There were no characters developed in this lecture.


    Do you think Your Deceptive Mind: A Scientific Guide to Critical Thinking Skills needs a follow-up book? Why or why not?

    I am open to other lectures by Steven Novella but I do not believe this survey course needs a follow-up book.


    Any additional comments?

    I recommend this lecture series to people that are curious but largely unfamiliar with critical thinking and informal logic and would like to survey the field.

    0 of 0 people found this review helpful
  •  
    Trailrunr Asheville, NC 01-10-17
    Trailrunr Asheville, NC 01-10-17 Member Since 2015

    Trailrunr

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    "Fascinating. - Spock"

    Enjoyable, engaging and enriching. A worthy offering. A title that I will listen to again and again.

    0 of 0 people found this review helpful
  •  
    Jared T Wilsey 01-09-17 Member Since 2016
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    "Perhaps best single "course" I ever took"

    What a bargain, this was instructive to me as a scientist yet most certainly applies to non-scientists as well. It is hard for me to think of someone who should not listen to this course, although some may find a small portion of it offensive (e.g., those that are unwilling to think critically about religious dogma, not reject it, just think about it).

    0 of 0 people found this review helpful
  •  
    Grandma 01-08-17
    Grandma 01-08-17 Member Since 2016
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    "The lecture helps to spur the mind."

    it took a little while to fo thru the whole lecture do to my own timing but I was greatly impressed. The lecture spurred my thinking and reinforced critical thinking skills that I actually practice and use daily.

    0 of 0 people found this review helpful
  •  
    Conquerer Houston, TX 12-22-16
    Conquerer Houston, TX 12-22-16 Member Since 2015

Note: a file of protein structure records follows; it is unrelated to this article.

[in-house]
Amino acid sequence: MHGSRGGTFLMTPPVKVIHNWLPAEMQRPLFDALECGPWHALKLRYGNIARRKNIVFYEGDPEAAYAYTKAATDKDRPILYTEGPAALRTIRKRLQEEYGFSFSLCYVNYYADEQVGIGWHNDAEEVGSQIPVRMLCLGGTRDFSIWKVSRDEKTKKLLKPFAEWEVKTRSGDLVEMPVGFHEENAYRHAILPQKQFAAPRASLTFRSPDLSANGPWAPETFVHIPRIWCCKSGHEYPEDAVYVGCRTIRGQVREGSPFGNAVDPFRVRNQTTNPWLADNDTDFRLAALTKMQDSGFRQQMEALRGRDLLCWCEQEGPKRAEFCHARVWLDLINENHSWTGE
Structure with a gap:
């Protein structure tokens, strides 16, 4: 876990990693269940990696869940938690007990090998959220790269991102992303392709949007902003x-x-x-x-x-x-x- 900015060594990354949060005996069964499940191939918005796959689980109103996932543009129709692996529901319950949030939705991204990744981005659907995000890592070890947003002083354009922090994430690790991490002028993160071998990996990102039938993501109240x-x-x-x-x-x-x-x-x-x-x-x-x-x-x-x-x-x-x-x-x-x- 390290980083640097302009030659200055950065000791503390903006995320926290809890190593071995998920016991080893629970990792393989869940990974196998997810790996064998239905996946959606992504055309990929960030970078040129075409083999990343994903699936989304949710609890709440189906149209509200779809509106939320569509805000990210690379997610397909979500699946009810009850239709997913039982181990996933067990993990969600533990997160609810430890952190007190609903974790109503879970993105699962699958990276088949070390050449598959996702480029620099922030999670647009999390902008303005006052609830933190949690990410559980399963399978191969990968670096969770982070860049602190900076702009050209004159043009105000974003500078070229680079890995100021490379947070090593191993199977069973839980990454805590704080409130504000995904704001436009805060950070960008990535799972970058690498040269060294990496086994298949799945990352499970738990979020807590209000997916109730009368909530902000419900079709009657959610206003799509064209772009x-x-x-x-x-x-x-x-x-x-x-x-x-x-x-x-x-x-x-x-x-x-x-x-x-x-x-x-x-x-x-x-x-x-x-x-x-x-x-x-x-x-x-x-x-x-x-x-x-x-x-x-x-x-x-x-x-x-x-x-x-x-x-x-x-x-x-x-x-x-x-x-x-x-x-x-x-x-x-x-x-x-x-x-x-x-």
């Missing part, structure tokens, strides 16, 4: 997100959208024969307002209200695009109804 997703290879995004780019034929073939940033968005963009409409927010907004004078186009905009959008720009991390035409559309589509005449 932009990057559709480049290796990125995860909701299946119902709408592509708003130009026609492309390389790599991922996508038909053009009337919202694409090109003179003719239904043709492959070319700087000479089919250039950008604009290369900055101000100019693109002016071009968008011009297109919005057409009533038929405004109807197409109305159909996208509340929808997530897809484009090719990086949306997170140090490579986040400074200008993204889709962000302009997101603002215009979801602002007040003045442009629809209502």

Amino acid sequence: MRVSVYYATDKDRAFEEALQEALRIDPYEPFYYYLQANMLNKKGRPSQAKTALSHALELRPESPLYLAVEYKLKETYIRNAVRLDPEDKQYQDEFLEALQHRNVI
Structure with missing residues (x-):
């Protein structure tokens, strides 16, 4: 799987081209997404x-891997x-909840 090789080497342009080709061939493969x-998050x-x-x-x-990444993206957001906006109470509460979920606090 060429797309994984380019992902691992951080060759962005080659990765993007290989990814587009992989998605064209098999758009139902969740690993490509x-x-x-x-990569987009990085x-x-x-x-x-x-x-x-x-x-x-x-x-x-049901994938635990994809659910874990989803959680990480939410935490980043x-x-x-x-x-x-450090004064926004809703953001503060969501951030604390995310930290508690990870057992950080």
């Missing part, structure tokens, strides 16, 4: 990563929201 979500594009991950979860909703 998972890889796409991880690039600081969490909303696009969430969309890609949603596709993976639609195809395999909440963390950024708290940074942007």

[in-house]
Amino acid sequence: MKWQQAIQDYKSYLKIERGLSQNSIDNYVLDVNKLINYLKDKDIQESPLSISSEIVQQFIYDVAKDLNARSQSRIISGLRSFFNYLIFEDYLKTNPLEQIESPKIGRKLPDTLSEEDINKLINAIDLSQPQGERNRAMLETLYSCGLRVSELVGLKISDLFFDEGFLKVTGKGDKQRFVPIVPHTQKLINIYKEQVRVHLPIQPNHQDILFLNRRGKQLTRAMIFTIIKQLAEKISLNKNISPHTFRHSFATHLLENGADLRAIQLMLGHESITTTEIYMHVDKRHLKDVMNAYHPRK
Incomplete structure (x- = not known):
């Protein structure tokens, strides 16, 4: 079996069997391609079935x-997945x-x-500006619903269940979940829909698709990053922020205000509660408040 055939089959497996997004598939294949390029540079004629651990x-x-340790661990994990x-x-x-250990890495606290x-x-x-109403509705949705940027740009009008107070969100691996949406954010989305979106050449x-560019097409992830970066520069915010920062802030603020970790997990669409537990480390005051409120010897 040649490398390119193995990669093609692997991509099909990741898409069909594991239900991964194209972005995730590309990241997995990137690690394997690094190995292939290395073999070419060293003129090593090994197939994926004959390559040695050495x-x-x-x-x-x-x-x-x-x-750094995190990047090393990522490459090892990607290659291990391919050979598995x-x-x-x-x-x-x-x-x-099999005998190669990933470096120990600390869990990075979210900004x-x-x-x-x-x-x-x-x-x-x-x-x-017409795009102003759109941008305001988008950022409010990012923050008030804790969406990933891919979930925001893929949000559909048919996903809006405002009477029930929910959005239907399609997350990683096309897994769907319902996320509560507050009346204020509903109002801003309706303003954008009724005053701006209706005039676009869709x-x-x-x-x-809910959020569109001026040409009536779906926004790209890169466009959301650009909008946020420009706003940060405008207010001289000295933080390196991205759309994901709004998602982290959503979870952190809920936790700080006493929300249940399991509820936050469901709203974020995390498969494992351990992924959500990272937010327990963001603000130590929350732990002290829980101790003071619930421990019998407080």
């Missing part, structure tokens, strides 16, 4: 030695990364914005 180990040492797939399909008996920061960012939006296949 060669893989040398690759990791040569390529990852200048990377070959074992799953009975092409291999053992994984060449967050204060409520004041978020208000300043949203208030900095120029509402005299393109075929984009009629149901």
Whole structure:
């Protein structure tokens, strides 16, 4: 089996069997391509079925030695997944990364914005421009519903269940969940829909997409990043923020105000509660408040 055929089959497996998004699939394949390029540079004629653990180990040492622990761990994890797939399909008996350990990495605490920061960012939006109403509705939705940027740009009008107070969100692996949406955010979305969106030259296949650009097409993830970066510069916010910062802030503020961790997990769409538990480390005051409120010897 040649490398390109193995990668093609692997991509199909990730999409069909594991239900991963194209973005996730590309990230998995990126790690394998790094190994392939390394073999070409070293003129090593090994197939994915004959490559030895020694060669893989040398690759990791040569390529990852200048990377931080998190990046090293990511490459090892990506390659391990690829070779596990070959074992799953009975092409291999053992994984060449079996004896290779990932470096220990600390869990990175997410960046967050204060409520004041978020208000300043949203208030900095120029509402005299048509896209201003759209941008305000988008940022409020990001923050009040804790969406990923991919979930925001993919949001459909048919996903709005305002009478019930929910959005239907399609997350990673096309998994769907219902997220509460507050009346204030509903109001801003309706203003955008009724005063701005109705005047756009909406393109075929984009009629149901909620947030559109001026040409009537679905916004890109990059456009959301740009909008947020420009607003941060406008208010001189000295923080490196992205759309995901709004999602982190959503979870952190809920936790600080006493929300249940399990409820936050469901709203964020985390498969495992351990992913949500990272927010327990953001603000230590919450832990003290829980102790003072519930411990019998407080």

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    "interesting but too long and slow"

    starts off with a bang about how our brain works, and it's organisation. then slows down to multiple examples after examples after examples. the last chapter picks the pace again. could've been presented in half the time. the author and speaker have done a great job. Condense and focus.

    0 of 0 people found this review helpful
  •  
    Giuliete 12-21-16
    Giuliete 12-21-16 Member Since 2016
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    "Very interesting topic, not so interesting lecturer"

    Professor Steven Novella seems to know a great deal and the lectures are good, but the delivery is really boring. He tends to talk in a monotonous tone which for an audiobook is horrible. Even though I'm very interested in the topic my thoughts constantly drifted away and I had to make an effort to keep concentrated, which is unusual for me.

    0 of 0 people found this review helpful
  •  
    Donald Forsyth 12-04-16
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    "Simply Great"

    I loved this course. It went deeper into critical thinking and explained the neurological component!

    0 of 0 people found this review helpful
  •  
    Knut Oslo, Norway 11-28-16
    Knut Oslo, Norway 11-28-16 Listener Since 2008
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    "Interesting but too slow."

    I already read other more interesting books that cover this. The book uses too long time to explain the same thing over and over again. Some of the stories are interesting. (i only read 2/3 of the book yet, but im not sure i will complet it)

    0 of 0 people found this review helpful